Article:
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Title

An uncharacterized member of the Gls24 protein superfamily is a putative sensor of essential amino acid availability in Streptococcus pneumoniae

AuthorsFerrándiz, María José; Cercenado, María I.; Domenech, Mirian ; Tirado-Vélez, José Manuel; Escolano-Martínez, María S.; Yuste, José ; García, Ernesto ; Campa, Adela G. de la; Martín-Galiano, Antonio J.
KeywordsCompetence
Environmental persistence
Essential nutrient
Metabolic rewiring
Orthology
Stress response
Issue DateFeb-2019
PublisherSpringer
CitationMicrob Ecol 77(2) 471-487 (2019)
AbstractProteins belonging to the Gls24 superfamily are involved in survival of pathogenic Gram-positive cocci under oligotrophic conditions and other types of stress, by a still unknown molecular mechanism. In Firmicutes, this superfamily includes three different valine-rich orthologal families (Gls24A, B, C) with different potential interactive partners. Whereas the Streptococcus pneumoniae Δgls24A deletion mutant experienced a general long growth delay, the Δgls24B mutant grew as the parental strain in the semisynthetic AGCH medium but failed to grow in the complex Todd-Hewitt medium. Bovine seroalbumin (BSA) was the component responsible for this phenotype. The effect of BSA on growth was concentration-dependent and was maintained when the protein was proteolyzed but not when heat-denatured, suggesting that BSA dependence was related to oligopeptide supplementation. Global transcriptional analyses of the knockout mutant revealed catabolic derepression and induction of chaperone and oligopeptide transport genes. This mutant also showed increased sensibility to cadmium and high temperature. The Δgls24B mutant behaved as a poor colonizer in the nasopharynx of mice and showed 20-fold competence impairment. Experimental data suggest that Gls24B plays a central role as a sensor of amino acid availability and its connection to sugar catabolism. This metabolic rewiring can be compensated in vitro, at the expenses of external oligopeptide supplementation, but reduce important bacteria skills prior to efficiently address systemic virulence traits. This is an example of how metabolic factors conserved in enterococci, streptococci, and staphylococci can be essential for survival in poor oligopeptide environments prior to infection progression.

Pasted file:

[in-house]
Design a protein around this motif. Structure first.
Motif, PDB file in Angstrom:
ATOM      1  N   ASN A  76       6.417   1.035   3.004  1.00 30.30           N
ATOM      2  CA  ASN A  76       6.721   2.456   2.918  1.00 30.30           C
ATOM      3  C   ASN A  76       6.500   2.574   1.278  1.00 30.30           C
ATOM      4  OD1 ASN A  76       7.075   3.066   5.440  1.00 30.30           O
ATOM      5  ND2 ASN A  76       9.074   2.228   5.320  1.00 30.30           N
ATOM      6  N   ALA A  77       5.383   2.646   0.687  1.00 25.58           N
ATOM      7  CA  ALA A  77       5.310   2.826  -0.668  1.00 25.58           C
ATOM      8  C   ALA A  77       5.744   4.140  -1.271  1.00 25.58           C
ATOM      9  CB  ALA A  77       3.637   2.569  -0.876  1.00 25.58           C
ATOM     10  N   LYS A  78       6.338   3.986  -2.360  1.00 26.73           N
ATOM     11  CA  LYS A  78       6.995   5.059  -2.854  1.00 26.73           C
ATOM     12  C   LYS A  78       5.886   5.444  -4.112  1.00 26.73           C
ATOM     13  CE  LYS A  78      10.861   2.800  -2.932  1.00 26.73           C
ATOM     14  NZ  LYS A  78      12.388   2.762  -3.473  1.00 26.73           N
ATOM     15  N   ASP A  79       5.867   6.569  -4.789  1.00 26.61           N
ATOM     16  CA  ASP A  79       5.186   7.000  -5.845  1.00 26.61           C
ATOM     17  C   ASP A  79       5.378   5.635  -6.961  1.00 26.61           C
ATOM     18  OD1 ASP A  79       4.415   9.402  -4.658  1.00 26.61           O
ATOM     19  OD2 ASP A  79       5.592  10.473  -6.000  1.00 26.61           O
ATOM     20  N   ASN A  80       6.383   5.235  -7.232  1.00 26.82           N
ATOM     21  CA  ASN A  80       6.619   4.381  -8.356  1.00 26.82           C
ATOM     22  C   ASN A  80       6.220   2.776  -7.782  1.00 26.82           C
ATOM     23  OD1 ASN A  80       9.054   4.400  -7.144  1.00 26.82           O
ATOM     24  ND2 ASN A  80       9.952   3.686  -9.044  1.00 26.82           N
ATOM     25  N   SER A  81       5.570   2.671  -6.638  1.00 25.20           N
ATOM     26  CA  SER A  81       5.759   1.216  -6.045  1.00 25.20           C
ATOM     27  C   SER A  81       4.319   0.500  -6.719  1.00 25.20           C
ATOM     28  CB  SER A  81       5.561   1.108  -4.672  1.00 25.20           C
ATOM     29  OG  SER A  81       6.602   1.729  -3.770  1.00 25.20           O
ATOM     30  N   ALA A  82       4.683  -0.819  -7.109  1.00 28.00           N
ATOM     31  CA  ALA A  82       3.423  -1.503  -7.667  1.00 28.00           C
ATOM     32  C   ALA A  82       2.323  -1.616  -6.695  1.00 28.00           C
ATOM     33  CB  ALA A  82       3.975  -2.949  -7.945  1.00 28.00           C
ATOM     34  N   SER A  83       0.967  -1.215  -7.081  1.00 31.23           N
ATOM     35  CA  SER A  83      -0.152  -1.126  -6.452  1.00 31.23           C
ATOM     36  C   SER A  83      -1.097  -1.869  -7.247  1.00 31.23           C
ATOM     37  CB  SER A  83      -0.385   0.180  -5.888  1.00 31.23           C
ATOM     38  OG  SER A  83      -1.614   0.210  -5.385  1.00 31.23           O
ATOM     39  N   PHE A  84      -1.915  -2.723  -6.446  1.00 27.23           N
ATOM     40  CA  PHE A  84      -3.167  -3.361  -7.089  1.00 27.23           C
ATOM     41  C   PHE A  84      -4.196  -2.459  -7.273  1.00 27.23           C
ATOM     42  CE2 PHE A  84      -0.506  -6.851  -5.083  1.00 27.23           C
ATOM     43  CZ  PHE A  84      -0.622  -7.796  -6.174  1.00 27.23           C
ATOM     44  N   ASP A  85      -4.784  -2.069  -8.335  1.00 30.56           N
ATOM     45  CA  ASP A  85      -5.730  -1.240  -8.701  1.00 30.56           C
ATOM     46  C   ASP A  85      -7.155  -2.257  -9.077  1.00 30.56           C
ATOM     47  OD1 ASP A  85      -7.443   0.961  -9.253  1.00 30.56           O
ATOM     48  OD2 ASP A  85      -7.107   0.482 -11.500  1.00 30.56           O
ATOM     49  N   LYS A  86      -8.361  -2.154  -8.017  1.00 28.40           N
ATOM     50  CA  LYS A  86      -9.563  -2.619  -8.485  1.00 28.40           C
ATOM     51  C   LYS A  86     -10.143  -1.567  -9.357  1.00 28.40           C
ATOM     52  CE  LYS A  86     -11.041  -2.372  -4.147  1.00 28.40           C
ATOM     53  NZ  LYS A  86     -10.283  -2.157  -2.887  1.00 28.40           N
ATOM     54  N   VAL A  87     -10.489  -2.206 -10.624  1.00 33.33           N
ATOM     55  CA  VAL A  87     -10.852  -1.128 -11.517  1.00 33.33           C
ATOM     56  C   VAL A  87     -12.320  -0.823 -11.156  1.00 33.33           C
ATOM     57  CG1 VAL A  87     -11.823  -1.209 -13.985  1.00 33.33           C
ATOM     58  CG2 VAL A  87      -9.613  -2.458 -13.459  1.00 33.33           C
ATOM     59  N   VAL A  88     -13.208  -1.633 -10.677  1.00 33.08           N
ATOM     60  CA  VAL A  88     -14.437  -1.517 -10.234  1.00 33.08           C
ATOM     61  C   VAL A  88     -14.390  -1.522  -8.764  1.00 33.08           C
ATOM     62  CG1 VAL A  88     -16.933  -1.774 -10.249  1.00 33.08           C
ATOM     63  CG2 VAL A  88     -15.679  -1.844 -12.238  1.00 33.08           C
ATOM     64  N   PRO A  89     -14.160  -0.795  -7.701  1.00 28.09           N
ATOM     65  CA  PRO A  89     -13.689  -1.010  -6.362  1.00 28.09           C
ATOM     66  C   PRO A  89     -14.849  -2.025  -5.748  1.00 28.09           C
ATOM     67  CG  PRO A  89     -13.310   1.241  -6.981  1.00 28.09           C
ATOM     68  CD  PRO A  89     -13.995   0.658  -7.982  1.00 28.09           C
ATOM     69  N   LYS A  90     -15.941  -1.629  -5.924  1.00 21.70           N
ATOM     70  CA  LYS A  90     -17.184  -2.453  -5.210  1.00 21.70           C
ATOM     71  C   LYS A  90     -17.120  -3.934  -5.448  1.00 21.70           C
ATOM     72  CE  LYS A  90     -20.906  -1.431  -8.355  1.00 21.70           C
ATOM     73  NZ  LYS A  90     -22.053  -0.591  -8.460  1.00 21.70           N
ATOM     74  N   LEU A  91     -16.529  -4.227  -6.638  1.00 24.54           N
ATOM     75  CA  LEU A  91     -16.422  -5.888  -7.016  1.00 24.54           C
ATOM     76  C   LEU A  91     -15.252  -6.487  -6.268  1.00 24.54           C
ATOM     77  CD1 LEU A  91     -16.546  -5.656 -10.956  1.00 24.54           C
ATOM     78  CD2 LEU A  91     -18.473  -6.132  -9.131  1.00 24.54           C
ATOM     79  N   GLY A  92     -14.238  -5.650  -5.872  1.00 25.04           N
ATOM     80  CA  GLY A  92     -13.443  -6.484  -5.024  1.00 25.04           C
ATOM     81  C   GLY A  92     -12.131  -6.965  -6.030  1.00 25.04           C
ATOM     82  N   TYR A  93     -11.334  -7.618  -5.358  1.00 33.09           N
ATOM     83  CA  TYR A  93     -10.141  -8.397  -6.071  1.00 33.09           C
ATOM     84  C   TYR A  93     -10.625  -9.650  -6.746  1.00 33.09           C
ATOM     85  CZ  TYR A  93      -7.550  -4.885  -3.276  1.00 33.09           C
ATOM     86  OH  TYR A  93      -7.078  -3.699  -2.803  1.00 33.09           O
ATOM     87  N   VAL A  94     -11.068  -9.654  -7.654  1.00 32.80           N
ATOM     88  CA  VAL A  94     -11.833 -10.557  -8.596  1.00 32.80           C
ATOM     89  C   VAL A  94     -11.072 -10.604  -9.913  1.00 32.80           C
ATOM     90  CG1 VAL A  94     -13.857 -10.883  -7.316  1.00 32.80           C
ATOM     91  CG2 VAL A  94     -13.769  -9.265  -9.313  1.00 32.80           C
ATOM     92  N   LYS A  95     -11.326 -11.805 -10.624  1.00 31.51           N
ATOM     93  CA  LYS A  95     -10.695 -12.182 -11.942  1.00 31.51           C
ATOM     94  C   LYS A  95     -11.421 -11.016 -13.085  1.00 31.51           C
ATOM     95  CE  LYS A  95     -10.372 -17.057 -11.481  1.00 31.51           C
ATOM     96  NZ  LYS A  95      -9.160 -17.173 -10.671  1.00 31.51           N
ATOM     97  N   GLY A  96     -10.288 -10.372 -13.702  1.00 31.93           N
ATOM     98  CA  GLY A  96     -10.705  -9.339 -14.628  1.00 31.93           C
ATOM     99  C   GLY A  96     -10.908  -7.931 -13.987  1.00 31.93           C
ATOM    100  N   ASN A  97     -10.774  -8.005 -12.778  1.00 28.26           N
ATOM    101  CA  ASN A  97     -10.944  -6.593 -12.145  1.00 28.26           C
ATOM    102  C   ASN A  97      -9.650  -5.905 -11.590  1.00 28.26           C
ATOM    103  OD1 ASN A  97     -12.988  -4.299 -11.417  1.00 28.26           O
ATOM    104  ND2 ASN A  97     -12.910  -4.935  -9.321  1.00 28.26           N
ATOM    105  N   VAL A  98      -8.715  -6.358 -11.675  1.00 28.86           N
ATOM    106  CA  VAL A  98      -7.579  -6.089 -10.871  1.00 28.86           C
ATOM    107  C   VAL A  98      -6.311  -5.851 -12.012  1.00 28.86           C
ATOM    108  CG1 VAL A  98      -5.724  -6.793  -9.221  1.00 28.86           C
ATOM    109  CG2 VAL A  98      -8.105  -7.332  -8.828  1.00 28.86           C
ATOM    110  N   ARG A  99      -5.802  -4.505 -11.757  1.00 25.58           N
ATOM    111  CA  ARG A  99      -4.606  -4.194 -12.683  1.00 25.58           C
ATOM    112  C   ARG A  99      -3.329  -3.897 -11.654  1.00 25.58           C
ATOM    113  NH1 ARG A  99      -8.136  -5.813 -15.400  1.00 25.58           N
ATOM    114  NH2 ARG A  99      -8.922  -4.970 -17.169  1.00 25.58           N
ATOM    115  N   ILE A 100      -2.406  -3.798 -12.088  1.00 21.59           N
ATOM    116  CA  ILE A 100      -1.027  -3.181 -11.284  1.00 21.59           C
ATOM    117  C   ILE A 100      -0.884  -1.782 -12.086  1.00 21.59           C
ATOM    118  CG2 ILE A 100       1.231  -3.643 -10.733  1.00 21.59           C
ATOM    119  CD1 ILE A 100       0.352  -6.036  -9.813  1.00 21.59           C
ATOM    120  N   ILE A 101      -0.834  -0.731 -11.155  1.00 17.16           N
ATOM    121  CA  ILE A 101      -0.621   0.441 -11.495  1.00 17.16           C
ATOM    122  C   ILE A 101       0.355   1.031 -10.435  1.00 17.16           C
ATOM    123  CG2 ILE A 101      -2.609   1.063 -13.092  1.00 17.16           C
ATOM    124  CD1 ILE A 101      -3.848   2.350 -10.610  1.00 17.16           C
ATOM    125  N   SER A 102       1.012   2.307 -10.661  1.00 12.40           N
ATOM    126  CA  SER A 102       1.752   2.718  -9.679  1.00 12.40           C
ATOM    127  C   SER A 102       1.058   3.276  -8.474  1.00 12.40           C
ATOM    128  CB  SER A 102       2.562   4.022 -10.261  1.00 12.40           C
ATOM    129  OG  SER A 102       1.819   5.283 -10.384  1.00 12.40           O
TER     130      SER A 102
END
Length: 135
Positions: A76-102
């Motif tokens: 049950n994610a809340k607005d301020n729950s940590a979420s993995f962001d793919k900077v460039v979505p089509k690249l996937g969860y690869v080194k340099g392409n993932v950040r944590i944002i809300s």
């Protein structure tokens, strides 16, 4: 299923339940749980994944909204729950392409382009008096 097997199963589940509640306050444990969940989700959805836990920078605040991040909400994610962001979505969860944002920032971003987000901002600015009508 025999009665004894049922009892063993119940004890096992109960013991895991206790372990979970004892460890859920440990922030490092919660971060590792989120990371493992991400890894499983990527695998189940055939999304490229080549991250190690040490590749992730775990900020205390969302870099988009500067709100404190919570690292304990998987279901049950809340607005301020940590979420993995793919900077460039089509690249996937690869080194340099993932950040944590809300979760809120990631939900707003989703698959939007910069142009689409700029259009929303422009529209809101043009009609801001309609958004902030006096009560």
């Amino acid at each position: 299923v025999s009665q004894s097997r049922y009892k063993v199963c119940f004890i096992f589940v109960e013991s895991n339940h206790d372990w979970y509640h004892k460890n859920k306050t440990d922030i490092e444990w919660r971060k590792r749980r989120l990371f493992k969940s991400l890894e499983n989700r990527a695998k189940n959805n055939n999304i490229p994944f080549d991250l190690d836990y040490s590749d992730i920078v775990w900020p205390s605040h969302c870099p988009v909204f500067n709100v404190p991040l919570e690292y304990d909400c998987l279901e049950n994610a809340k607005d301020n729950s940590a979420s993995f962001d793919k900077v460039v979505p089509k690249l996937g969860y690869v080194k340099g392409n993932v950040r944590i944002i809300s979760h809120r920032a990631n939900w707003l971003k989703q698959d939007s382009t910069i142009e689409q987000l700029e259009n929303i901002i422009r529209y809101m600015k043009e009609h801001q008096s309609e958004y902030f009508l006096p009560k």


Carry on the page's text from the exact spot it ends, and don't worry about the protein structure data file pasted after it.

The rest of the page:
Description17 p.-5 fig.-1 tab.
Publisher version (URL)https://doi.org/10.1007/s00248-018-1218-9
URIhttp://hdl.handle.net/10261/214235
DOI10.1007/s00248-018-1218-9
ISSN0095-3628
E-ISSN1432-184X
Appears in Collections:(CIB) Artículos
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